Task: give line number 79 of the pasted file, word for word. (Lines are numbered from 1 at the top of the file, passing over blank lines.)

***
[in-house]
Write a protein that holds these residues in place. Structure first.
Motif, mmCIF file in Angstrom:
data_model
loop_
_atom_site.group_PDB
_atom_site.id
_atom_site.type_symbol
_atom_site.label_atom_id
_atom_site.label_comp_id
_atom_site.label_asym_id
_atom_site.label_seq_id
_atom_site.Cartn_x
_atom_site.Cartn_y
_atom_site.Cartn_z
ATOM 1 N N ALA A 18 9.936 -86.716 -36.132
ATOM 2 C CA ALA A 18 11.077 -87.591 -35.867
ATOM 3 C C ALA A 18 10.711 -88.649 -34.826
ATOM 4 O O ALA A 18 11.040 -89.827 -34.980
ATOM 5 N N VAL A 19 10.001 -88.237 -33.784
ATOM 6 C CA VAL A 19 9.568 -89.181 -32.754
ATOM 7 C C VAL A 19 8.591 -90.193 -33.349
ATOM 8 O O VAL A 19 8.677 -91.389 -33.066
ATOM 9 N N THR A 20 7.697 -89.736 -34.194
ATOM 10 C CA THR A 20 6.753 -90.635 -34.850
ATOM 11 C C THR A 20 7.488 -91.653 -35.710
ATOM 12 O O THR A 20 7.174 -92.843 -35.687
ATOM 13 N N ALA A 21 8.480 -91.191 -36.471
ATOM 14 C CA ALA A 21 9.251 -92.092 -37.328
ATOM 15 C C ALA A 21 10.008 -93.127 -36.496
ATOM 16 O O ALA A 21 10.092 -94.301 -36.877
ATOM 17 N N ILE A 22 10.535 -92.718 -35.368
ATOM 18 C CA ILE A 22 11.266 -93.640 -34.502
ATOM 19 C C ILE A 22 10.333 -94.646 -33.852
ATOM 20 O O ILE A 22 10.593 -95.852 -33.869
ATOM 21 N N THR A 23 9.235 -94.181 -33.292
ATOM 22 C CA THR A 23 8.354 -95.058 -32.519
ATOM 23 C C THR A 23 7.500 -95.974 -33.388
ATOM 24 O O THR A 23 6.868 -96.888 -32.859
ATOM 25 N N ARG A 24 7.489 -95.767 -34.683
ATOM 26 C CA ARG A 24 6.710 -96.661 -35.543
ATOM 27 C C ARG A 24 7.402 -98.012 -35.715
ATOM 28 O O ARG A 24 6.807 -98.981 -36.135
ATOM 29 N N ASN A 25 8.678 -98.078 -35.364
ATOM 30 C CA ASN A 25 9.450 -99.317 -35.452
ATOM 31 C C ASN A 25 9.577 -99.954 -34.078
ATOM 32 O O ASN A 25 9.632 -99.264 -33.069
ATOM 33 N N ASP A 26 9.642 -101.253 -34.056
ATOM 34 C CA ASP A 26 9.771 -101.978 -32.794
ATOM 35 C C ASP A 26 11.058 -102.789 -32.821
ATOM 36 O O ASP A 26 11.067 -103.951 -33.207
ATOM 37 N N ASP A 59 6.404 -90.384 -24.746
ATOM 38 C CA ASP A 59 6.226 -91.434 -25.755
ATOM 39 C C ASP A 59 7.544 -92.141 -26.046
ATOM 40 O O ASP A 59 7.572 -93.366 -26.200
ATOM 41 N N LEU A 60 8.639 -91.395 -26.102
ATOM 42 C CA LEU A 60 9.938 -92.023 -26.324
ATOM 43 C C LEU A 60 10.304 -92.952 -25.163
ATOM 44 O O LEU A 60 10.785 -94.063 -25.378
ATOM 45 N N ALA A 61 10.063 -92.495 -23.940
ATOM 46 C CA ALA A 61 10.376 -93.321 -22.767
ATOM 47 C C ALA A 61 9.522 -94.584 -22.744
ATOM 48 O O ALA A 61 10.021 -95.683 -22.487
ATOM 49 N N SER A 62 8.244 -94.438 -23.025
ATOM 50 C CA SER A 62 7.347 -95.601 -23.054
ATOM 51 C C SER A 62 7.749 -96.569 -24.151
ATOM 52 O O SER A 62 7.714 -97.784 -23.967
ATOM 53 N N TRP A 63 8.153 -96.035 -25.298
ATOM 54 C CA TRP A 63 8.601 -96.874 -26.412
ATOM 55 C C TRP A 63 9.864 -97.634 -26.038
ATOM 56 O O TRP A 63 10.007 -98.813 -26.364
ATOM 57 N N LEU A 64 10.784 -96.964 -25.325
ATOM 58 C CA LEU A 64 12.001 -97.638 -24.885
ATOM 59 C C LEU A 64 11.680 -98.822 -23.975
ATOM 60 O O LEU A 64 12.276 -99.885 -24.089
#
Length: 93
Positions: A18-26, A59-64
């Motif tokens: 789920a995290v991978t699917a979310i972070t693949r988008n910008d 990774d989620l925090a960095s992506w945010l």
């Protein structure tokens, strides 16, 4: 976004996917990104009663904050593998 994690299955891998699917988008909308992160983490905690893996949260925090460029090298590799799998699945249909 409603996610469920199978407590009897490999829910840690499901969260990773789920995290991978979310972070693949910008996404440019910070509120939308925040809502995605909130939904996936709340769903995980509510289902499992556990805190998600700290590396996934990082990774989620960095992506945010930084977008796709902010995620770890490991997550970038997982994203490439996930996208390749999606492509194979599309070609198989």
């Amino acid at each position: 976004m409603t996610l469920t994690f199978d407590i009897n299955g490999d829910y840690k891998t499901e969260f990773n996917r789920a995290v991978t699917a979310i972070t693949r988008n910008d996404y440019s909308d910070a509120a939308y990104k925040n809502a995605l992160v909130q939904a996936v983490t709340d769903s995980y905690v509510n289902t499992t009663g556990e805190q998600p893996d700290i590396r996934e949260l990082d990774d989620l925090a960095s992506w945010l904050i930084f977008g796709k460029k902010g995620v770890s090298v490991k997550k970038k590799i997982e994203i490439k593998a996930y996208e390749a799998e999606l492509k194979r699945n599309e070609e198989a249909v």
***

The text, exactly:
């Motif tokens: 789920a995290v991978t699917a979310i972070t693949r988008n910008d 990774d989620l925090a960095s992506w945010l």